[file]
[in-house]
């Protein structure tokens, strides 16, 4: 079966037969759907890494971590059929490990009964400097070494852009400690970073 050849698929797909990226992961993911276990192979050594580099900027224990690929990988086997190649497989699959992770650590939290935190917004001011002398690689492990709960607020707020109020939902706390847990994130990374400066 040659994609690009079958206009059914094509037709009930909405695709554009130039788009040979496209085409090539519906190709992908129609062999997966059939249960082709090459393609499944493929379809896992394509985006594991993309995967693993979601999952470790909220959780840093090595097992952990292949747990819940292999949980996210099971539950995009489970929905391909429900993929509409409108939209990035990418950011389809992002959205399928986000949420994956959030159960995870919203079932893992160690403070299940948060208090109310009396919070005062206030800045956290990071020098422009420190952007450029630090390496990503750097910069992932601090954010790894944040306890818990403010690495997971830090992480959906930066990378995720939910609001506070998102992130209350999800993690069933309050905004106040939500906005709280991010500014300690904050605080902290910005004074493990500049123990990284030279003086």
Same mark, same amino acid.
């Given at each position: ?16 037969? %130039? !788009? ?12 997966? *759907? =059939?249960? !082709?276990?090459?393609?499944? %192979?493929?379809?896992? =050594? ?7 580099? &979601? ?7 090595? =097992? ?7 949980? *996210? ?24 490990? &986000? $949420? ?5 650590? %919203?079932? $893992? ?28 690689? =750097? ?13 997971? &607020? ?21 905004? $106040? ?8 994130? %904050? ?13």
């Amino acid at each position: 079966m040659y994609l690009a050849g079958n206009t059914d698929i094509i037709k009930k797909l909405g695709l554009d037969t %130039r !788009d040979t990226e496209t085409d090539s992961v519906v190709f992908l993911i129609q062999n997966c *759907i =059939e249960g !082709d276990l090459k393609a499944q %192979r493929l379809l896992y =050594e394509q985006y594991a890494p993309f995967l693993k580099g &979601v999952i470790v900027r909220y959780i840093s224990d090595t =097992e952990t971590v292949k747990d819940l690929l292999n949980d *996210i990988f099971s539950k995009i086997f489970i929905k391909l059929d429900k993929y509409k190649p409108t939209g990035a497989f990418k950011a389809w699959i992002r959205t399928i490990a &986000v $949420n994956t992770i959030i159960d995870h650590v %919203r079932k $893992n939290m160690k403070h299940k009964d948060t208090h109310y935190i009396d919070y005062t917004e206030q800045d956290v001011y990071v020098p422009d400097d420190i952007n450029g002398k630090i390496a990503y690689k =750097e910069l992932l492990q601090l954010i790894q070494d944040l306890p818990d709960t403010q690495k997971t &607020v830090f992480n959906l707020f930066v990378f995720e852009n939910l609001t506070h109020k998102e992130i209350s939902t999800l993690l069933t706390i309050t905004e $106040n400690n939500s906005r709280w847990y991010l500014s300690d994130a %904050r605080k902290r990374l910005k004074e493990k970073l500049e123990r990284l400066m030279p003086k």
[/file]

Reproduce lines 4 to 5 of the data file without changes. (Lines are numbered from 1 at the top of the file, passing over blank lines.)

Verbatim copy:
């Given at each position: ?16 037969? %130039? !788009? ?12 997966? *759907? =059939?249960? !082709?276990?090459?393609?499944? %192979?493929?379809?896992? =050594? ?7 580099? &979601? ?7 090595? =097992? ?7 949980? *996210? ?24 490990? &986000? $949420? ?5 650590? %919203?079932? $893992? ?28 690689? =750097? ?13 997971? &607020? ?21 905004? $106040? ?8 994130? %904050? ?13």
């Amino acid at each position: 079966m040659y994609l690009a050849g079958n206009t059914d698929i094509i037709k009930k797909l909405g695709l554009d037969t %130039r !788009d040979t990226e496209t085409d090539s992961v519906v190709f992908l993911i129609q062999n997966c *759907i =059939e249960g !082709d276990l090459k393609a499944q %192979r493929l379809l896992y =050594e394509q985006y594991a890494p993309f995967l693993k580099g &979601v999952i470790v900027r909220y959780i840093s224990d090595t =097992e952990t971590v292949k747990d819940l690929l292999n949980d *996210i990988f099971s539950k995009i086997f489970i929905k391909l059929d429900k993929y509409k190649p409108t939209g990035a497989f990418k950011a389809w699959i992002r959205t399928i490990a &986000v $949420n994956t992770i959030i159960d995870h650590v %919203r079932k $893992n939290m160690k403070h299940k009964d948060t208090h109310y935190i009396d919070y005062t917004e206030q800045d956290v001011y990071v020098p422009d400097d420190i952007n450029g002398k630090i390496a990503y690689k =750097e910069l992932l492990q601090l954010i790894q070494d944040l306890p818990d709960t403010q690495k997971t &607020v830090f992480n959906l707020f930066v990378f995720e852009n939910l609001t506070h109020k998102e992130i209350s939902t999800l993690l069933t706390i309050t905004e $106040n400690n939500s906005r709280w847990y991010l500014s300690d994130a %904050r605080k902290r990374l910005k004074e493990k970073l500049e123990r990284l400066m030279p003086k």